António Guterres assumes his position in a world that seems not to trust in the organization or the values that it fosters. Yet his personal record and ideological outlook may rescue his mission from failure
It is a tall order that António Guterres himself has tried to caution against by warning not to expect miracles. Indeed, the United Nations as a system of organizations has not acquired the executive might which would allow its Secretary-General to shape and implement policies. Nor should it have such a role, despite the fact that in much of the world it is viewed as a world government, with the General Assembly as its parliament. The desperate calls of the besieged residents of Aleppo facing the onslaught of regime forces, aided and abetted by Russian air power and the infantry forces of Iran and its proxies, demanding that the United Nations intervenes, were based on such a conviction. The hard fact, however, is that the United Nations is a mere framework for managing the international consensus, when it is present, and to mitigate the effects of its absence, when it is not. Yet it is not merely a social club, but is a platform for the expression of universal values and global concerns. It is in this role that António Guterres may shine, and indeed save the world. No pressure.
What the many conflicts in the Middle East have demonstrated is that the assumption —ignited with the collapse of the Soviet empire, and leading to the proclamation of the end of history — that the values of freedom, fairness, and enlightenment decisively triumphed in the battlefield of ideas was a premature and overly optimistic reading of international events. Since that brief moment of enthusiasm the global community has shattered and the confidence in shared values has dissipated. It is clear that has any universal principles have been lost. With decreasing agreement on basic concepts such as fairness and the value of human life, factional introversion — highlighted through nationalism, patriotism, or religious loyalty — rises in culture, society, and politics.
This is not restricted to the depravity blatantly and proudly practiced by the so-called Islamic State, the structural inability of the Islamic religious establishment to refute it at a fundamental level, or the confusion, fear, and reluctance in many Muslim communities in condemning it. Nor is it limited to the genuine pain and empathy that President Obama feels and offers to the unintended Western victims of US drone attacks in Yemen, for example, while the scores of Yemeni civilians killed by the same attacks are not even accorded a proper tally. Or the outrage at the fate of the Yezidis, and the vigils held on their behalf, while the fate of the Rohingyas in Myanmar — murdered and raped in a country headed by a Nobel Peace Prize winner — is effectively ignored. Nor is it exclusive to the UNSC condemning Israel for material actions in the West Bank, while condoning through passivity the mass slaughter committed by Russia in neighboring Syria. Quantifying this claim may be challenging, but the indications are overwhelming there is plummeting trust in the international system, while there is bitter acceptance that brute force is the governing force in history. Vladimir Putin, a strongman who has maneuvered Russia’s flawed transition out of communism to become a new tsar, is no longer a world pariah but, even in some now-influential quarters in Washington, DC, a model of strength,.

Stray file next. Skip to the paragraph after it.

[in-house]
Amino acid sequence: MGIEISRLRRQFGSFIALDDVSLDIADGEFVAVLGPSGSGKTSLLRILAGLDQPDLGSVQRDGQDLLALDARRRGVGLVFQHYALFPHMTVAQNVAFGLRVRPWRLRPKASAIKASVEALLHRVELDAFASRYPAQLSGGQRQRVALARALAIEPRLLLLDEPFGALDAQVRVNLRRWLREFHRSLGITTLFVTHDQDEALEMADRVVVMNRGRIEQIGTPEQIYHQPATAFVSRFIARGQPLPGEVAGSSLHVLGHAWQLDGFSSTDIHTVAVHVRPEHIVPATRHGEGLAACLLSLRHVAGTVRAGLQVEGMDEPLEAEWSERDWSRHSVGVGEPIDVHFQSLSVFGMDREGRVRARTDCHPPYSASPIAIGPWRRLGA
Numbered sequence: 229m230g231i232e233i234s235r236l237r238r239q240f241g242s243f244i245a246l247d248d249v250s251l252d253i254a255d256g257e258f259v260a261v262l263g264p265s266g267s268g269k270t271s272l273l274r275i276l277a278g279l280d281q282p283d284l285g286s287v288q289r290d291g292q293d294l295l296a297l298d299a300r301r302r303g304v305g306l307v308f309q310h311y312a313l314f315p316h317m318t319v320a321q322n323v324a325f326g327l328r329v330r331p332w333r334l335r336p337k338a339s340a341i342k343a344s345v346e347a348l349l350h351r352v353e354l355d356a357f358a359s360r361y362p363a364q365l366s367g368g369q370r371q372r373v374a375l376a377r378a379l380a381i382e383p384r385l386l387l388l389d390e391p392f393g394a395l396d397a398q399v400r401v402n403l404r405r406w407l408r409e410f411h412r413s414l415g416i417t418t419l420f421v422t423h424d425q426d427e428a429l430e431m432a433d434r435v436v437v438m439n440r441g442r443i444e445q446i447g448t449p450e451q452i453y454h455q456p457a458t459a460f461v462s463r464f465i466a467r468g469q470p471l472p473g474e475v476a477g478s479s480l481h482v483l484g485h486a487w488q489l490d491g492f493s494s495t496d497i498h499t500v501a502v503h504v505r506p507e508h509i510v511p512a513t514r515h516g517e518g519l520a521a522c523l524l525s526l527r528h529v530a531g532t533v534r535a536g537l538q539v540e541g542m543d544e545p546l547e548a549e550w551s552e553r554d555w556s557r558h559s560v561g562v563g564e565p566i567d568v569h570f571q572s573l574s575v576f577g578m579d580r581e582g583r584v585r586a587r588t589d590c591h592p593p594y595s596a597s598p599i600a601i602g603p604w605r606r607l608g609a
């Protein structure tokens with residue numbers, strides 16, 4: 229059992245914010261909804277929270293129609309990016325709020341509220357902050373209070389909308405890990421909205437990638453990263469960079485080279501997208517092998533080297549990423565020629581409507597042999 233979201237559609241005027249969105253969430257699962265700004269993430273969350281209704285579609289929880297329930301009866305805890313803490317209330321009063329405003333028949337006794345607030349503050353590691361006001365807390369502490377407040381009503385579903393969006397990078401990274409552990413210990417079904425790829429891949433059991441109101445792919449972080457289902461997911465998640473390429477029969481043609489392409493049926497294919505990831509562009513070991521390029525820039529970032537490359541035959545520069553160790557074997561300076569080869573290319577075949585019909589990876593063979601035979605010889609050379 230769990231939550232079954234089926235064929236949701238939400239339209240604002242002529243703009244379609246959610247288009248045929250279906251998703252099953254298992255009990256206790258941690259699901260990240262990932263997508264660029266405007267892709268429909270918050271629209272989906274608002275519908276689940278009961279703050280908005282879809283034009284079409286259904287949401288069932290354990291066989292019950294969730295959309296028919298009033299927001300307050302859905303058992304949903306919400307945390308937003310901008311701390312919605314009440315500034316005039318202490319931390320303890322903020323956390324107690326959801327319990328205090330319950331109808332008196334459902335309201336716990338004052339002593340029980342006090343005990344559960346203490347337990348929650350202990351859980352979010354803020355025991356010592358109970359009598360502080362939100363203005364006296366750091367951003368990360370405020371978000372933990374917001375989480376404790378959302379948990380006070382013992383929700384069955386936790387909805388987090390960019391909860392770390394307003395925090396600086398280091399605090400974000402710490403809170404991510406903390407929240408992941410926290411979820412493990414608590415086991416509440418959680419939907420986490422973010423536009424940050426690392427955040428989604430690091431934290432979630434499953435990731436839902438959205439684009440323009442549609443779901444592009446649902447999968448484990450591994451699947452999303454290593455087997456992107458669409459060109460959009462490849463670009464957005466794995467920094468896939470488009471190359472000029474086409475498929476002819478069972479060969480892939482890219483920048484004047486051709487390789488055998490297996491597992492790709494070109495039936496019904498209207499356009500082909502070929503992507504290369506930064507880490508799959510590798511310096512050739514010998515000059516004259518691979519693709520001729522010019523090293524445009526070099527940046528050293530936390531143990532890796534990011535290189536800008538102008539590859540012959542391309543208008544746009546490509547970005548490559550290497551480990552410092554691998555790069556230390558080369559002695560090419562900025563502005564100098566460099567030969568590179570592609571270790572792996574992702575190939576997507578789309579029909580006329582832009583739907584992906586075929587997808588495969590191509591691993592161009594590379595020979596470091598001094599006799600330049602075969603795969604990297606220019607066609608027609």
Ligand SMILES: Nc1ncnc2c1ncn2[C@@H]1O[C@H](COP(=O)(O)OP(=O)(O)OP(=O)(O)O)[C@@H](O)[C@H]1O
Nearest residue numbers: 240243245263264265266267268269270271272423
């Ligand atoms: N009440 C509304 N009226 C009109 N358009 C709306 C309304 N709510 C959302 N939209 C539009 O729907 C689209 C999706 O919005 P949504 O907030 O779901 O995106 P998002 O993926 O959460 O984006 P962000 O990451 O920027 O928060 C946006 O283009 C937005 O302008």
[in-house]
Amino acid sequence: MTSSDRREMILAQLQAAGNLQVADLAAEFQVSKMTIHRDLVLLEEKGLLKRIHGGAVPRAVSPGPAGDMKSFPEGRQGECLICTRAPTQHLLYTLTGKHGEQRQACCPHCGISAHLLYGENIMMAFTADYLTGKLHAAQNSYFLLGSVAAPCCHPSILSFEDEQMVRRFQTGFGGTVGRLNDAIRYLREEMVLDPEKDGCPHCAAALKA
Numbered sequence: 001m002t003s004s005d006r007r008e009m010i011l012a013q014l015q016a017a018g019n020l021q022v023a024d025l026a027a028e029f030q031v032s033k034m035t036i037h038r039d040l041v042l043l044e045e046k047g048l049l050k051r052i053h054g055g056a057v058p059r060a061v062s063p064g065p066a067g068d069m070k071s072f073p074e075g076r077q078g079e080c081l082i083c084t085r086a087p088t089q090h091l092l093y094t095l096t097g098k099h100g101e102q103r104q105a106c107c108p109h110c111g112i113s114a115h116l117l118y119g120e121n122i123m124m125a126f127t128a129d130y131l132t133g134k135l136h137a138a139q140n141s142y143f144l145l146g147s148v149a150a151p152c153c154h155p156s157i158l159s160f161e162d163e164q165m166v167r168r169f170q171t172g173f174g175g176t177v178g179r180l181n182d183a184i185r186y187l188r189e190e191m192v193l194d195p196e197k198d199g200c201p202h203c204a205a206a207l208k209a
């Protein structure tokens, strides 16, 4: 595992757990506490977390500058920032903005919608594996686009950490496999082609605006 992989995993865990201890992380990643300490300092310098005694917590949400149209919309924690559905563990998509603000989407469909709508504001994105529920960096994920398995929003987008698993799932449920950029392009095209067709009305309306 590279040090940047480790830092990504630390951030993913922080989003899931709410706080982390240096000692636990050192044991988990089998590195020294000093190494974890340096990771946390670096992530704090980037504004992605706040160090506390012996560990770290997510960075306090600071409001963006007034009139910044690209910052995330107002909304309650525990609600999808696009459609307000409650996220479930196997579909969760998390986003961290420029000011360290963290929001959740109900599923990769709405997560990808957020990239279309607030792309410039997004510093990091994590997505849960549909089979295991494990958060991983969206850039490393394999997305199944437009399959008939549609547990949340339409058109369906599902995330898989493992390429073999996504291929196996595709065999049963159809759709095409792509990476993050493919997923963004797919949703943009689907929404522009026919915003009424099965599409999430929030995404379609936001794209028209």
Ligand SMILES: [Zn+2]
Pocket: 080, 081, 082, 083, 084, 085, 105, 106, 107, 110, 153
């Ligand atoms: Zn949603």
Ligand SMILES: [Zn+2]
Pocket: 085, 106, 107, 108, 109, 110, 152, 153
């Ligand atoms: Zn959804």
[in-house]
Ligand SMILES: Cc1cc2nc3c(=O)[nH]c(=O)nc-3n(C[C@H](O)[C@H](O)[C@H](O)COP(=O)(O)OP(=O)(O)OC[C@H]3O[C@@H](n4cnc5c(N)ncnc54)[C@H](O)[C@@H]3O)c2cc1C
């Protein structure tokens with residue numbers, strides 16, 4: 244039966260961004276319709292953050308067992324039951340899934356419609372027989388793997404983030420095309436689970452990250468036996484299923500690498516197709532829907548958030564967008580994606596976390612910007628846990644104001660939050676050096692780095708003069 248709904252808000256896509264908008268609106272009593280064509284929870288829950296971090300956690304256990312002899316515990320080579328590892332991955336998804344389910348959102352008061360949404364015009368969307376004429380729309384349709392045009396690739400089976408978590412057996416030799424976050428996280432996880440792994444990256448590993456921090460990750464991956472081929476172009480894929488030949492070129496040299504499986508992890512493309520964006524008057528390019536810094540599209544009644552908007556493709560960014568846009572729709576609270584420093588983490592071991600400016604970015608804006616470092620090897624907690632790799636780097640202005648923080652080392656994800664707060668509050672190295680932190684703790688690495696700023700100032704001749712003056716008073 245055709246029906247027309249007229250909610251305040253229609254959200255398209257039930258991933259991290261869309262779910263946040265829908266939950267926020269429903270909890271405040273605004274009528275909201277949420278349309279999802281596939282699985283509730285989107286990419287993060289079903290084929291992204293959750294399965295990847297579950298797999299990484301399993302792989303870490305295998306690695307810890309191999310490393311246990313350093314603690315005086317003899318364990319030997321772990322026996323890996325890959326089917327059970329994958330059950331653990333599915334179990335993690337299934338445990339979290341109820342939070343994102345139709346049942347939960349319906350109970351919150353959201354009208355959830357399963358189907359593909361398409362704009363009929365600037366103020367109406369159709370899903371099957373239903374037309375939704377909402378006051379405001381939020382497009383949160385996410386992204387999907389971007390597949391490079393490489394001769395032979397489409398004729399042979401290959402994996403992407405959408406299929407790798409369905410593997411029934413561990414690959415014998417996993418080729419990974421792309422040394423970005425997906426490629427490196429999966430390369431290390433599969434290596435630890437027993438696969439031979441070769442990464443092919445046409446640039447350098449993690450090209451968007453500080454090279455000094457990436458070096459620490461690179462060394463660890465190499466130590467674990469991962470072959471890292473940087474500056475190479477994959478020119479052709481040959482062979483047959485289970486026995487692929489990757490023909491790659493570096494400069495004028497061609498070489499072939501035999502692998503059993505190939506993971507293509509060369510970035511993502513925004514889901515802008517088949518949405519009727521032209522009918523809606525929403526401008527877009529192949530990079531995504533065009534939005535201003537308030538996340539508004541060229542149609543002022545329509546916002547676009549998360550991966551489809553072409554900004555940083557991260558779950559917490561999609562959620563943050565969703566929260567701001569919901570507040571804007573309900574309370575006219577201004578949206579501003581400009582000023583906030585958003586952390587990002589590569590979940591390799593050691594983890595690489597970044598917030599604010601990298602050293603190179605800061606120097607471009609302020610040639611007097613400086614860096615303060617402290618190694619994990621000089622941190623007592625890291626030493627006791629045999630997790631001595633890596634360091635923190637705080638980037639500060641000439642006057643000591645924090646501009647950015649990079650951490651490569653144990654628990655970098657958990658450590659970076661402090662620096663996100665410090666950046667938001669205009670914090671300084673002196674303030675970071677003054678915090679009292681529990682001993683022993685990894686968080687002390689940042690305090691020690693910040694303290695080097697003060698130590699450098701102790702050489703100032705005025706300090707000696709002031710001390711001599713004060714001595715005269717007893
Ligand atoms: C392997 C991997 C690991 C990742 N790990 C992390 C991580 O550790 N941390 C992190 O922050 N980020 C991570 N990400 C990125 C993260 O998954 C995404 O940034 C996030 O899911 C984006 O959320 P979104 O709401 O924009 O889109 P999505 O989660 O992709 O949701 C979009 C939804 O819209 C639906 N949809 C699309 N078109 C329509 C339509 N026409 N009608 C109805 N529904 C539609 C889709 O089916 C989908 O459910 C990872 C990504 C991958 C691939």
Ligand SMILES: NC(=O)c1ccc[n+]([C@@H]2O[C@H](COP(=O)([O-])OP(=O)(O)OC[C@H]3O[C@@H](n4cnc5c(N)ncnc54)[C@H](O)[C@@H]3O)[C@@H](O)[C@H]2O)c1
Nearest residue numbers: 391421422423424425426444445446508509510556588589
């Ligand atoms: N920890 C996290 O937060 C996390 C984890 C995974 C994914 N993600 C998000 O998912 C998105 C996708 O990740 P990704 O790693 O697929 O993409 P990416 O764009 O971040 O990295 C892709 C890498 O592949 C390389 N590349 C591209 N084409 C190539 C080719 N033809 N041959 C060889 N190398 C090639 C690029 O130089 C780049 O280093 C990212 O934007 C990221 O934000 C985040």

The election of Donald Trump as President of the United States may be viewed as a symptom, rather than a cause, of the international trend. Trump is nativist in his self-presentation, cynical and skeptical about global engagement except at a transactional level. His many tweets and impromptu public statements reveal little, if any, concern about human rights and universal values. Trump’s profile, however, matches one new archetype for both the leader and the citizen of the twenty-first century: a backlash against marginalizing globalization expressed through a prioritization of self and nation.
António Guterres assumes his position in a world that seems not to trust in the organization or the values that it fosters. Yet his personal record and ideological outlook may rescue his mission from failure. His predecessor was a conscientious and efficient manager, a principled and fair administrator. What Guterres may be able to add is a proactive approach informed by his socialist and Catholic background and his experience with refugees and other international issues. Guterres will face the task of reforming an outdated structure addressing challenges driven by considerations of economics, policy, and egos. His ability to deliver will be tested in the months and years to come. More importantly, however, Guterres will have to live up to the promise of the United Nations, not as a world government but as the world’s custodian of universal values. For this mission, Guterres is very well equipped.
In Guterres and in Pope Francis, who has re-injected into the Vatican compassionate morality and spirituality, the global defense front against the excesses of nativism has two natural and principled allies. Both stem from the West. It would serve the cause well for the world to witness the emergence of powerful advocates of rights and values from outside the West. However, it is necessary to hear assertive, deliberate voices from the Arab and Islamic worlds as well, stressing the unequivocal application of such rights and values to all — Muslim, Christian, Jewish, atheist; Sunni, Shi‘i; Salafi, Sufi; believer, infidel; men, women; Arab, Israeli; straight, gay; rich, poor; urban, rural.
Only then can António Guterres save the world.